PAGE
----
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Dr. Andy Coates, a member of Physicians for a National Health Program and steward in the Public Employees Federation in New York, argues that it’s wrong to push for a “public option” now that Barack Obama is trying to restart health care legislation.
Feb. 26, 2010
LIKE INITIATING CPR on a patient who was dead in the field and remains dead on arrival, the effort to resuscitate the “public option” is mistaken–and futile.
Once upon a time, proponents of the “public plan option” sought a “Medicare-like” program that might enroll every other person in the nation, and thus run private insurers out of business.
“A roadblock to reform,” cried the insurance companies. As a result of this complaint, nothing in the bills passed by the House and the Senate proposed to erect a public insurer that would possibly influence the insurance market.
The House bill included a feeble “public option”–a government-sponsored insurance plan to start in 2013 that would enroll perhaps 2 percent of the nation by 2019. The Senate bill simply nixed the idea. The president, in his latest proposal, also abandoned the “public option.”
But the “public option” was never little more than a K Street phrase, a shadow puppet, a political posture. All along, proponents of adding a new government-sponsored insurer boasted talking points, but never offered workable health reform.
In fact, the “public option” has already been tried in Maine–and failed. A “public option” insurer, DirigoChoice, was established in Maine in 2003. Despite years of trying, it failed to enroll all but a tiny fraction of the uninsured; could not reduce the costs of insurance or health care; did not reduce overall health spending; and did not lessen disparities in care. Last year, DirigoChoice tanked.
But the insurance companies oppose the “public option,” and that proves its virtue, its supporters exclaim.
Hello? Of course the insurers oppose it.
Why would the insurance corporations willingly yield even 2 percent of the market to a public plan (House bill) when they’ve been given the “option” (Senate bill and now the president) of keeping 100 percent of the market? And why would the insurance companies not fight for the whole pie when the White House earlier let slip that it saw the “public option” as simply a bargaining chip in private deal-making?
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BUT THERE is something else here. The “public option” is not even a good idea, let alone “progressive.”
A corporate oligopoly of huge insurers, with near-monopoly control in most locales, dominates the insurance market in the United States. A government insurer of any size would simply add yet another bureaucracy to the present byzantine, corporate insurance mess.
Does it really make any sense to think that a government plan could give the private insurance companies a run for their money–within the contemporary corporate marketplace–without draconian regulation imposed on the industry?
The insurance market cannot be tricked into reforming itself. The health insurance company that wins in the marketplace avoids or jettisons sick and poor patients and enrolls the healthy and the wealthy–and a “public option” will not change this fact. The market that serves the private interests–profiteering at the expense of the sick–would continue to do so.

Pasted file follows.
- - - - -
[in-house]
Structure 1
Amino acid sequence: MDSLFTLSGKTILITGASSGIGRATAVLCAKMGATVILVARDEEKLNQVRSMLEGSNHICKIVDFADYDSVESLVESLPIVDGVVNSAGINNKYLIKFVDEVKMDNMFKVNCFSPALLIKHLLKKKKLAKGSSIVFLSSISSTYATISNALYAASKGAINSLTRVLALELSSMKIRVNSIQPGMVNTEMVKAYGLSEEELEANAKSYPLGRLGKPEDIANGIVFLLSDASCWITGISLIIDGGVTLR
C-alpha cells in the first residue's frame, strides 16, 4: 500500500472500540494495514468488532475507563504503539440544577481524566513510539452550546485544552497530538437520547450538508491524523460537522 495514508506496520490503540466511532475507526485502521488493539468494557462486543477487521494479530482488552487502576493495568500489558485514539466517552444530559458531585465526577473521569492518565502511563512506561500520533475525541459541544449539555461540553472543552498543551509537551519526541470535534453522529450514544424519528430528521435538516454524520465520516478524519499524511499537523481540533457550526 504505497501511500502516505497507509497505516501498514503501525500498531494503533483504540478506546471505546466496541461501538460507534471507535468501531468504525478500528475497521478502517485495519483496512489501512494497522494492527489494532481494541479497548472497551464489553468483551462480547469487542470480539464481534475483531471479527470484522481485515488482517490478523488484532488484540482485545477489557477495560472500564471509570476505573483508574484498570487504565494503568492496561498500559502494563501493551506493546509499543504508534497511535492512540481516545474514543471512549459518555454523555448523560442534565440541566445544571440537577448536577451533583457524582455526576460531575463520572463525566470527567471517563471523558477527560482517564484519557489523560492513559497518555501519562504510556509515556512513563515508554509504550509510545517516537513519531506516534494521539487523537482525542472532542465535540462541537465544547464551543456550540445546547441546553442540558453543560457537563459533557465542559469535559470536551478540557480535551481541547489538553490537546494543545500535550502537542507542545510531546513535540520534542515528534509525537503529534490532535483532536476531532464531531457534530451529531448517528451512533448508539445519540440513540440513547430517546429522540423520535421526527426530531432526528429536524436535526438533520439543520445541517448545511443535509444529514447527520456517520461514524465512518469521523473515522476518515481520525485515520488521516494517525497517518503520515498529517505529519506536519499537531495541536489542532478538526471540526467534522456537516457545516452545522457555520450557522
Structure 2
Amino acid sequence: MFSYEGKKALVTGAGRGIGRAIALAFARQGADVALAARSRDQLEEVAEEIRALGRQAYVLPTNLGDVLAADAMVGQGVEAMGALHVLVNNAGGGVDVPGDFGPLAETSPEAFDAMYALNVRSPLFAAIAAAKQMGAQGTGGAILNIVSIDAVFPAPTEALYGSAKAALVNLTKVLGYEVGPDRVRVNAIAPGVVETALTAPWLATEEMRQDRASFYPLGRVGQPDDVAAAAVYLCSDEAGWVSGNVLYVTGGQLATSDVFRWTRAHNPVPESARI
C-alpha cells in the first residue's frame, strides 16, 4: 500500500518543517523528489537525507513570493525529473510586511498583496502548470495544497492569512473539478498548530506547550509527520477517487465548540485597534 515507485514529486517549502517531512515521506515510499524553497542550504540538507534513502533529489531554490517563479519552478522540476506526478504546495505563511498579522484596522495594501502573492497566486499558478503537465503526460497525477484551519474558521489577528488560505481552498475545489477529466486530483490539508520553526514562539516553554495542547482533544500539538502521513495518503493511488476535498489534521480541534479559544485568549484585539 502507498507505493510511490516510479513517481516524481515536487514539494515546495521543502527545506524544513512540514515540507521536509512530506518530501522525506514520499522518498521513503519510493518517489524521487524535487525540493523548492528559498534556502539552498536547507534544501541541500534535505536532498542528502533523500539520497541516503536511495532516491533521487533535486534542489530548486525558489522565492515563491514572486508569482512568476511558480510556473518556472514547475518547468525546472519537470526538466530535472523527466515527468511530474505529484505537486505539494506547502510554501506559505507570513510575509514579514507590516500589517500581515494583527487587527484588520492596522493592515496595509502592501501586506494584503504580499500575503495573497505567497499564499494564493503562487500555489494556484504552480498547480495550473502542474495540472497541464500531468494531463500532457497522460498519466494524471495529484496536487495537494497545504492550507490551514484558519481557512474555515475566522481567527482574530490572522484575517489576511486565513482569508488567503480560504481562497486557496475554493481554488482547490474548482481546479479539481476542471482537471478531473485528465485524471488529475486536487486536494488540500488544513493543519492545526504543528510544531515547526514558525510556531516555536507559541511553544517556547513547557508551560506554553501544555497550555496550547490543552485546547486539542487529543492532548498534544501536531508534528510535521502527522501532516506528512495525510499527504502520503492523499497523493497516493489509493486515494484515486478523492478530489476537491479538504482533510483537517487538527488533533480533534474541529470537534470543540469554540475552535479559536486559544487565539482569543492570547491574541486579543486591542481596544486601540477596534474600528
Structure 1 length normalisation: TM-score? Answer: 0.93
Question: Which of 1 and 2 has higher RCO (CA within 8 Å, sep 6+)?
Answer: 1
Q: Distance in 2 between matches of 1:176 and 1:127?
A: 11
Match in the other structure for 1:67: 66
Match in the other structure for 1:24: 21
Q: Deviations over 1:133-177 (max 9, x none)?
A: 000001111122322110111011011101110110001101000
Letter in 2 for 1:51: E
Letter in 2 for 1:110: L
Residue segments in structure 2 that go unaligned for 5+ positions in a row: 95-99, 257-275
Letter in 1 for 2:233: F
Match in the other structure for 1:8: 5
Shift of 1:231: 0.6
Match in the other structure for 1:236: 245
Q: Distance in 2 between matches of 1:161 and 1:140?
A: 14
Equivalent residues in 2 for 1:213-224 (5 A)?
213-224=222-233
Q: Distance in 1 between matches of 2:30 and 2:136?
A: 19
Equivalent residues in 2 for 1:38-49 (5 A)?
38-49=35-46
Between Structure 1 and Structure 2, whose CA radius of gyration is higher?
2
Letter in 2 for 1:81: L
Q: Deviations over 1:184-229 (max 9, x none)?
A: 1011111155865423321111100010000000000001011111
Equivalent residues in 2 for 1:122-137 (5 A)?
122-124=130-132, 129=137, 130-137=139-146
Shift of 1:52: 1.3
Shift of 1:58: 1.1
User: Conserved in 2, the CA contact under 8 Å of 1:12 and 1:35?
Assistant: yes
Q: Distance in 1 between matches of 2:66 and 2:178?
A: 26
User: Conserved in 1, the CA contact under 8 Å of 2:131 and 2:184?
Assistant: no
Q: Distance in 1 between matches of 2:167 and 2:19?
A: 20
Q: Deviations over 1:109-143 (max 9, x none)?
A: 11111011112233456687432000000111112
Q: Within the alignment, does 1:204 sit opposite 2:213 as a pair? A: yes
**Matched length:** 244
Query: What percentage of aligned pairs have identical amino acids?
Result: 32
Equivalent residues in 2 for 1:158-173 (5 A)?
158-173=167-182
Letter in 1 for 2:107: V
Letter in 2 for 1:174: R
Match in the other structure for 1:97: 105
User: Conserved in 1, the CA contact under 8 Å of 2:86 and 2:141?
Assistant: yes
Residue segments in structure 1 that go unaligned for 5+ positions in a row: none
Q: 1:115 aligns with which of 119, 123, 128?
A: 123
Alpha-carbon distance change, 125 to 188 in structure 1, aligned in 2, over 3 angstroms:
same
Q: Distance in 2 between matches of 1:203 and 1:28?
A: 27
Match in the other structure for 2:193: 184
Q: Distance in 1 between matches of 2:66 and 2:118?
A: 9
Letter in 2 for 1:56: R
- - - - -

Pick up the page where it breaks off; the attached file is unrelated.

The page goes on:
The proper name for this kind of “market magic” is “the race to the bottom.” Adding a public plan into the private mix cannot and will not change the character of this cruel game.
Any successful “public option” insurance plan would wind up covering the sick and the poor. It would be designed to lose, not win, the market competition. It would not prove affordable or comprehensive. Worst of all, a highly successful “public plan option” could put our nation on a fast-track to permanent two-tiered health services, exacerbating deplorable disparities that plague us.
Regrettably, the fact that the “public option” has gained so much attention shows how deeply our culture has surrendered to neoliberal ideology, the ideas popularized by Ronald Reagan. It is a lie that the market will always provide, especially when it comes to health care.
So why would some of our friends still seek to revive the false promise of the “public option”?
The University of Pennsylvania professor Marie Gottschalk, in a remarkably prescient article in Morbid Symptoms: Health Under Capitalism (the 2010 Socialist Register), identified the psychology at work. Gottschalk compared health reformers in the U.S. to victims of the Stockholm Syndrome, in which hostages learn to identify with–and even defend–their hostage-takers.
We ought to reach out with sympathy to our friends who have fallen captive to Ronald Reagan ideology and say: “Do not resuscitate the ‘public option.'”
It is time to let go. All along, adding a feeble public insurance plan to the insurance market has been a lame and withering excuse to support “insurance reform” that will criminalize the uninsured, divert billions of tax dollars to subsidize unaffordable private insurance premiums and protect pharmaceutical industry super-profits.
Another world is still possible. It is called Medicare-for-all, expanded and improved. Single payer is the minimum increment of change we need in order to improve health care in the United States.